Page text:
A leading scientist has warned that using weighted boots on show jumpers and young horses could lead to long-term musculoskeletal problems.

Research by Dr Jack Murphy of University College Dublin has highlighted the need to monitor welfare implications of weighted boots.

The study, carried out last year, measured hindlimb elevation while jumping. It found that horses fitted with performance-enhancing (weight and pressure) boots gave fences 30cm more clearance on average than those who were not.

The boots are designed to induce hyper-flexion of the hindlimbs and are widely used in show jumping. In Ireland 70% of horses competing at Nations Cup level and more than 47% of horses contesting national 1.30m young horse classes wear them.

At a vet symposium at Myerscough College on 18 February, Dr Murphy said: “Like all training aids, performance-enhancing boots have their pros and cons. At the moment, it is unclear whether their continued usage leads to damage or overexertion of equine limbs, but the fact that there is such a difference between horses who use them and those who don’t points to the possibility of long-term musculoskeletal problems.”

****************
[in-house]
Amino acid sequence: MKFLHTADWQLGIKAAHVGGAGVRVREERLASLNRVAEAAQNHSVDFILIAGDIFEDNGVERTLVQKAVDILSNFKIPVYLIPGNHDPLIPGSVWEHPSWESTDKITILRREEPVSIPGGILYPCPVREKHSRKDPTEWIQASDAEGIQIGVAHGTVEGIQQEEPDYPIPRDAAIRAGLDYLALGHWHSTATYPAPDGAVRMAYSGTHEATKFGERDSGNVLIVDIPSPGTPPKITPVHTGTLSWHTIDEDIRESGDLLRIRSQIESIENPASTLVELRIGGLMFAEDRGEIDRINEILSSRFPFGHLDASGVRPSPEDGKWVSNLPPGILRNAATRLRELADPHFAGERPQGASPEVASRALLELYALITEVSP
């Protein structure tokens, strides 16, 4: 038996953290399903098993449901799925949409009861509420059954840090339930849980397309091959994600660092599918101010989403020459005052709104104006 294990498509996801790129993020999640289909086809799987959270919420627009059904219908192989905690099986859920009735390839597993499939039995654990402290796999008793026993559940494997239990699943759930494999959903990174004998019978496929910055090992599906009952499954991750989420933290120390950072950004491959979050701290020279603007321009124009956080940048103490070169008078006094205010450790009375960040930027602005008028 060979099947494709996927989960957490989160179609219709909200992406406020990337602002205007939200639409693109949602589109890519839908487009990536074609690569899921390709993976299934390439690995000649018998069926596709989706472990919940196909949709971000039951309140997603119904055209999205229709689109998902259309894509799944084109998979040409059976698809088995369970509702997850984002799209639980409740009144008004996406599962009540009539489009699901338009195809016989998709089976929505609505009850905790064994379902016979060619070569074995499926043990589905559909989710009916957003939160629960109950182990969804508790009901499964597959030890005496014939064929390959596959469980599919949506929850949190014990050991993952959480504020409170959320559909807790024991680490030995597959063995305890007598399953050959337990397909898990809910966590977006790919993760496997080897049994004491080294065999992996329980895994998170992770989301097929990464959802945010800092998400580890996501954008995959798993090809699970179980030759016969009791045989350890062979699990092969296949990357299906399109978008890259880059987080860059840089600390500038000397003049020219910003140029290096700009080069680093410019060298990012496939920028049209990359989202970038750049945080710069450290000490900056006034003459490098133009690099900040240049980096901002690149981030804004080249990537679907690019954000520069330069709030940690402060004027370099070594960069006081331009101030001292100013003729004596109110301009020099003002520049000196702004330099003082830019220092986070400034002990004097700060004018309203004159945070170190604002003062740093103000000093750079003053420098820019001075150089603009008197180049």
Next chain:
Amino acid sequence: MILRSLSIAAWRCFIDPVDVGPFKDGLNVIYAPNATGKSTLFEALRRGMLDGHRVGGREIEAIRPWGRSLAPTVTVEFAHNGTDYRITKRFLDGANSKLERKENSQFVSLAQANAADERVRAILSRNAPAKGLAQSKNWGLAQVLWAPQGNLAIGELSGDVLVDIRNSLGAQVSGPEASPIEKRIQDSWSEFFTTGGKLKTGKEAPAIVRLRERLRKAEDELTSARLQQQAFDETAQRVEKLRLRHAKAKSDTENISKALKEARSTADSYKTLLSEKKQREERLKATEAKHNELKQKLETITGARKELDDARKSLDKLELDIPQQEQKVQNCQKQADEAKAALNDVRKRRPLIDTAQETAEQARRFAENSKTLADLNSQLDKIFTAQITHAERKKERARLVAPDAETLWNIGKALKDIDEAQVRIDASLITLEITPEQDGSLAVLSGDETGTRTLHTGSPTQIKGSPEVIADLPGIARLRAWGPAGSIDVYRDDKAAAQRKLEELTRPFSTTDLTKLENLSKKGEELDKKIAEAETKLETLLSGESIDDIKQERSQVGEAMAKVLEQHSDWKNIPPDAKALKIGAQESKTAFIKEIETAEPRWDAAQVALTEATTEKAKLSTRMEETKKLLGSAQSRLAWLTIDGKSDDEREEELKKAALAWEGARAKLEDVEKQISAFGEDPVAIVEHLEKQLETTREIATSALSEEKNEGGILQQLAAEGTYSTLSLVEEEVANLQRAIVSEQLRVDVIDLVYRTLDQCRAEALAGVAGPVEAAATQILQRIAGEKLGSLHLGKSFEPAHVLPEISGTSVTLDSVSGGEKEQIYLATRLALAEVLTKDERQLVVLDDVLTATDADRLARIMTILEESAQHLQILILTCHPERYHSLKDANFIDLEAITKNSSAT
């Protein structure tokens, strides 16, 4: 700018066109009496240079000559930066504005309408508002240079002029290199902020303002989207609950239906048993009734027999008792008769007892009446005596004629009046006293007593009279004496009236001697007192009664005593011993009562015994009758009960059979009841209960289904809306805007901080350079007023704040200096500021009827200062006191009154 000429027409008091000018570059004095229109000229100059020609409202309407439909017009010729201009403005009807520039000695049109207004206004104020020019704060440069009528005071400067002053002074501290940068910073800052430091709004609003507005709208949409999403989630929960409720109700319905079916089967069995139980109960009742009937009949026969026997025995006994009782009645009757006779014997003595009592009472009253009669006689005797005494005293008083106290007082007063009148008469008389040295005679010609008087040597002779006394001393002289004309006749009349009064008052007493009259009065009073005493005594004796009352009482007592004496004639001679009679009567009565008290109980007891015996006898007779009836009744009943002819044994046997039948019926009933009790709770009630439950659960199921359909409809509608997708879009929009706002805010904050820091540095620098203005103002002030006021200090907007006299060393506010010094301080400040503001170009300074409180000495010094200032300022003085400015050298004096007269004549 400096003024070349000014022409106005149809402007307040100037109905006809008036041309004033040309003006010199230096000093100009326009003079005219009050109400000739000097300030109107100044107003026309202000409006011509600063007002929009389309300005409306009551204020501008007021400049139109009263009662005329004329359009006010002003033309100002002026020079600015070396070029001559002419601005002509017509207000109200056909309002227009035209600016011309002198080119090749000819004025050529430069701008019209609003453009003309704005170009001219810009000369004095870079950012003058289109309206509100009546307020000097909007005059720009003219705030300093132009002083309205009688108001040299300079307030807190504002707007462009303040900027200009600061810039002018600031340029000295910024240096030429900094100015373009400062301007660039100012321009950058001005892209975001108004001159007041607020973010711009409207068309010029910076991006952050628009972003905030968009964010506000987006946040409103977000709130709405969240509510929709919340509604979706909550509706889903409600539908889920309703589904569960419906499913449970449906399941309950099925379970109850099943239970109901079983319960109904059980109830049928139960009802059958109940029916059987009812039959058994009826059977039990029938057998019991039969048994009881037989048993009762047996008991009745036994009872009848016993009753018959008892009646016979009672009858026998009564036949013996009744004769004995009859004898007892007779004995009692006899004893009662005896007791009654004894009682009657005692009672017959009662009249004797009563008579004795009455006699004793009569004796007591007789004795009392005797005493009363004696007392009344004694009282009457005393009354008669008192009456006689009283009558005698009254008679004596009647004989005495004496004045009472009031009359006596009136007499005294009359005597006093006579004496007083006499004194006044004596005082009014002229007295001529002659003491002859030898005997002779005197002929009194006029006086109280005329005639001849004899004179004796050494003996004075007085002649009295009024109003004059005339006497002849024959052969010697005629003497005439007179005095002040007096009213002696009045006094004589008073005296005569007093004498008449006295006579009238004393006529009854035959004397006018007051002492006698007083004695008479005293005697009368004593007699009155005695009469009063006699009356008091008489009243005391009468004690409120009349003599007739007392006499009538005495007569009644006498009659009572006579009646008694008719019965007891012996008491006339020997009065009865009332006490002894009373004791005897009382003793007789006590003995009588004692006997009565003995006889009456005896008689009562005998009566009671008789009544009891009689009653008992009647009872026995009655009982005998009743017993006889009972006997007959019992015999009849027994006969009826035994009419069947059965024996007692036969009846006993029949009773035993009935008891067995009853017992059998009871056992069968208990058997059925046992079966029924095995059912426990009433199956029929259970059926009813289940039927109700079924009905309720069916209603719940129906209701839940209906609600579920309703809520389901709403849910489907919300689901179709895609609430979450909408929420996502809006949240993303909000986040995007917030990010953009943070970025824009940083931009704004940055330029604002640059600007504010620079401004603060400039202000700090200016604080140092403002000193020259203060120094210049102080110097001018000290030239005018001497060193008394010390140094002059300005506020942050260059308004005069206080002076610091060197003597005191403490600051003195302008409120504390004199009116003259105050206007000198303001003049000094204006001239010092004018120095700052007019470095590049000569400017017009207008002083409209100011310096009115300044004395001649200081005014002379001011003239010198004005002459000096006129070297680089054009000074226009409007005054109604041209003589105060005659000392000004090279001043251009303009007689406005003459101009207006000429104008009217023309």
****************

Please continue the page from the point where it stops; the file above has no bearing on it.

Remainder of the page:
Show jumper Peter Charles said: “I would like to see weighted boots banned — in fact I’d like to see all back boots banned apart from soft felt ones with a limited degree of fastening. They do more harm than good, and are a total abuse in the wrong hands. There are no short cuts in riding.”

For this story in full, see the current issue of Horse & Hound (5 March, ’09)